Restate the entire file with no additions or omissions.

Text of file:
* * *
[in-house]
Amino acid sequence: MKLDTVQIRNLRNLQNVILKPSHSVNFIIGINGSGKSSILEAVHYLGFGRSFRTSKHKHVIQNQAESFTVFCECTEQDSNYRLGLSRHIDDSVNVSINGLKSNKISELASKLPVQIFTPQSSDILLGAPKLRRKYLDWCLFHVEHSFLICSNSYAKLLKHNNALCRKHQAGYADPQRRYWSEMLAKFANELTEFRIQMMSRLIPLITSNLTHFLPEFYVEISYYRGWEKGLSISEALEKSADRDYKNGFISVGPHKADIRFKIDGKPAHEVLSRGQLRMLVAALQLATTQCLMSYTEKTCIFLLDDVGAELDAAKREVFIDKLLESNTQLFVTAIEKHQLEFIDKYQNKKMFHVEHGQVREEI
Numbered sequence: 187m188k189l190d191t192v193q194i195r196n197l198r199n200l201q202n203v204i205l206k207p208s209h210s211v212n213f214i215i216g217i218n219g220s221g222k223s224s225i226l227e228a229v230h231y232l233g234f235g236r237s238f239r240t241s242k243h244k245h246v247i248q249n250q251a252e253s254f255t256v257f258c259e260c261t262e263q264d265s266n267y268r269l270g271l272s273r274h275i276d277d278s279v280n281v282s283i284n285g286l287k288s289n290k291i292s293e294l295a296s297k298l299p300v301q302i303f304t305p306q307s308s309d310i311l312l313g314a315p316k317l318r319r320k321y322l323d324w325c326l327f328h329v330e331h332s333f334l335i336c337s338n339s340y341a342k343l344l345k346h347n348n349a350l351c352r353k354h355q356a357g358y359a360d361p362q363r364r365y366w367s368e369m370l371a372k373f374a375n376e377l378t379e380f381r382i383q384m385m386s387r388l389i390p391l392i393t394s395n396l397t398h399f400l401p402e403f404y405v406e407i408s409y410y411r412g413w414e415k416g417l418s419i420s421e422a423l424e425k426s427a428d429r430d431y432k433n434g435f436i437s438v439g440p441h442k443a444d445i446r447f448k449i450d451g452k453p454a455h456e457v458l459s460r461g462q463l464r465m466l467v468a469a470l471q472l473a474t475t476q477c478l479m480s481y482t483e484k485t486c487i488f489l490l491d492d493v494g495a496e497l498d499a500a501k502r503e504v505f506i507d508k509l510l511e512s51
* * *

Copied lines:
[in-house]
Amino acid sequence: MKLDTVQIRNLRNLQNVILKPSHSVNFIIGINGSGKSSILEAVHYLGFGRSFRTSKHKHVIQNQAESFTVFCECTEQDSNYRLGLSRHIDDSVNVSINGLKSNKISELASKLPVQIFTPQSSDILLGAPKLRRKYLDWCLFHVEHSFLICSNSYAKLLKHNNALCRKHQAGYADPQRRYWSEMLAKFANELTEFRIQMMSRLIPLITSNLTHFLPEFYVEISYYRGWEKGLSISEALEKSADRDYKNGFISVGPHKADIRFKIDGKPAHEVLSRGQLRMLVAALQLATTQCLMSYTEKTCIFLLDDVGAELDAAKREVFIDKLLESNTQLFVTAIEKHQLEFIDKYQNKKMFHVEHGQVREEI
Numbered sequence: 187m188k189l190d191t192v193q194i195r196n197l198r199n200l201q202n203v204i205l206k207p208s209h210s211v212n213f214i215i216g217i218n219g220s221g222k223s224s225i226l227e228a229v230h231y232l233g234f235g236r237s238f239r240t241s242k243h244k245h246v247i248q249n250q251a252e253s254f255t256v257f258c259e260c261t262e263q264d265s266n267y268r269l270g271l272s273r274h275i276d277d278s279v280n281v282s283i284n285g286l287k288s289n290k291i292s293e294l295a296s297k298l299p300v301q302i303f304t305p306q307s308s309d310i311l312l313g314a315p316k317l318r319r320k321y322l323d324w325c326l327f328h329v330e331h332s333f334l335i336c337s338n339s340y341a342k343l344l345k346h347n348n349a350l351c352r353k354h355q356a357g358y359a360d361p362q363r364r365y366w367s368e369m370l371a372k373f374a375n376e377l378t379e380f381r382i383q384m385m386s387r388l389i390p391l392i393t394s395n396l397t398h399f400l401p402e403f404y405v406e407i408s409y410y411r412g413w414e415k416g417l418s419i420s421e422a423l424e425k426s427a428d429r430d431y432k433n434g435f436i437s438v439g440p441h442k443a444d445i446r447f448k449i450d451g452k453p454a455h456e457v458l459s460r461g462q463l464r465m466l467v468a469a470l471q472l473a474t475t476q477c478l479m480s481y482t483e484k485t486c487i488f489l490l491d492d493v494g495a496e497l498d499a500a501k502r503e504v505f506i507d508k509l510l511e512s51